I see all of these areas of life as accounts, analogous to bank accounts. Many are in the plus, some are balanced or slightly in the current account (overdraft facility) and some are hopelessly overdrawn.

I imagine the ideal for each area. So what would the account look like if it were full?

Here as an example my ideal in the area of ​​"I - health":

  • I am slim and strong. I enjoy excellent health and am very fit
  • My heart is strong, my veins free
  • Thanks to my good immune system, I am armed against diseases and allergies
  • I exercise at least 5 days a week and eat healthy
  • I have enough time to rest

In the next step, I will record how this account is currently doing. I'm mercilessly honest. Whitewashing and rose-colored glasses don't help at all at this point.

In order to close the gap between the ideal and reality and to bring the corresponding account back into positive territory, action must be taken. A battle plan is to be drawn up. To do this, I define very specific measures and milestones that bring me closer to the ideal.

To stay with the example of "I-Health", here are my corresponding measures and milestones:

  • Exercise 5 days a week
  • Regularly to yoga
  • At least once a week on the rowing machine
  • Nordic walking with Sonja at least once a week
  • Every morning some stretching / abdominal training / pushups
  • Avoid fast food completely
  • Keep weight at 84 kg, check every morning
  • Drink more water in the office

In order to stay tuned to the individual tasks and not lose sight of the milestones, I transfer these points to my FOKUS planner.

3. The bucket list

Another part of the life plan is the bucket list. It's kind of a to-do list of a lifetime. There I record all the things that I still want to do and achieve in my life ... before I give up the spoon, hence the name ...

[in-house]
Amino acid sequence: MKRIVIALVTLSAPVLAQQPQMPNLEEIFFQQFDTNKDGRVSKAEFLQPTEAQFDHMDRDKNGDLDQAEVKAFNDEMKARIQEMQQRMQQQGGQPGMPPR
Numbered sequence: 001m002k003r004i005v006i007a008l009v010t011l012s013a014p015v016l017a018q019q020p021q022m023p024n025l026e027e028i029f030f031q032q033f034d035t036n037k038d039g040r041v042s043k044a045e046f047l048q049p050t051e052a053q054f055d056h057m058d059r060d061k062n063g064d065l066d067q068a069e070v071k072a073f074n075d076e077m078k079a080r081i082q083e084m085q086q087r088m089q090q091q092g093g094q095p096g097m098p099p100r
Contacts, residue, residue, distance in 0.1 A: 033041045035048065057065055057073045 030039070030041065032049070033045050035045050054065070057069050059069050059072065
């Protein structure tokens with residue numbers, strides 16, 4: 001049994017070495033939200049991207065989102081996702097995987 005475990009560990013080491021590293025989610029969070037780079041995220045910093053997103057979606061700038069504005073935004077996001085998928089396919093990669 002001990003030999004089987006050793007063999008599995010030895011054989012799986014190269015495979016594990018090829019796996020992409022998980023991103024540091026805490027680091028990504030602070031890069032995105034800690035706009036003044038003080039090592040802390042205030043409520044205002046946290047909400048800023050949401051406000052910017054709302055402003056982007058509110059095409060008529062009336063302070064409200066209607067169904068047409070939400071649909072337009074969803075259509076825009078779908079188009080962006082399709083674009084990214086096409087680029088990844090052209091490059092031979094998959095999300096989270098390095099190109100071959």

In principle, you will answer the following questions:

  • What do I want to be?
  • What do I want to do?
  • What do I want to visit?
  • What does success mean to me?

For inspiration, you can take a look at my spoon list here: “My bucket list and why you should have one too”.

4. The planning

Now it's getting concrete. At the end, I distribute all the important milestones, measures and points from the bucket list on a timeline over the next 10 years.

This gives you a great overview of what you want to achieve by when. Just a life plan.

Now it's your turn!

Take the necessary time to create your life plan. In the beginning, preferably one or two days. Withdraw and take the opportunity to think about your life and your priorities in peace and quiet.

Before I forget:

All of our lives are not static. Accordingly, we always have to reschedule, break new ground and assign different priorities. Therefore, the life plan should also be checked and adjusted on a regular basis.

Twice a year I take a break and rewrite or rewrite my life plan. Just recently I did that again as part of my vacation.

One more recommendation at the end:

The GPS for life is an important part of entrepreneurial freedom. But only one in four. The other areas that you as an entrepreneur should dedicate yourself to for less stress and more self-determination can be found in my entrepreneur freedom puzzle:

The entrepreneur freedom puzzle shows you all the important areas for you as an entrepreneur and your company:

I offer seminars or online workshops for each of the puzzle pieces. There is sure to be something for you too!

Do you already have a life plan or questions about my "GPS for life"? Then just leave a comment. I look forward to our exchange.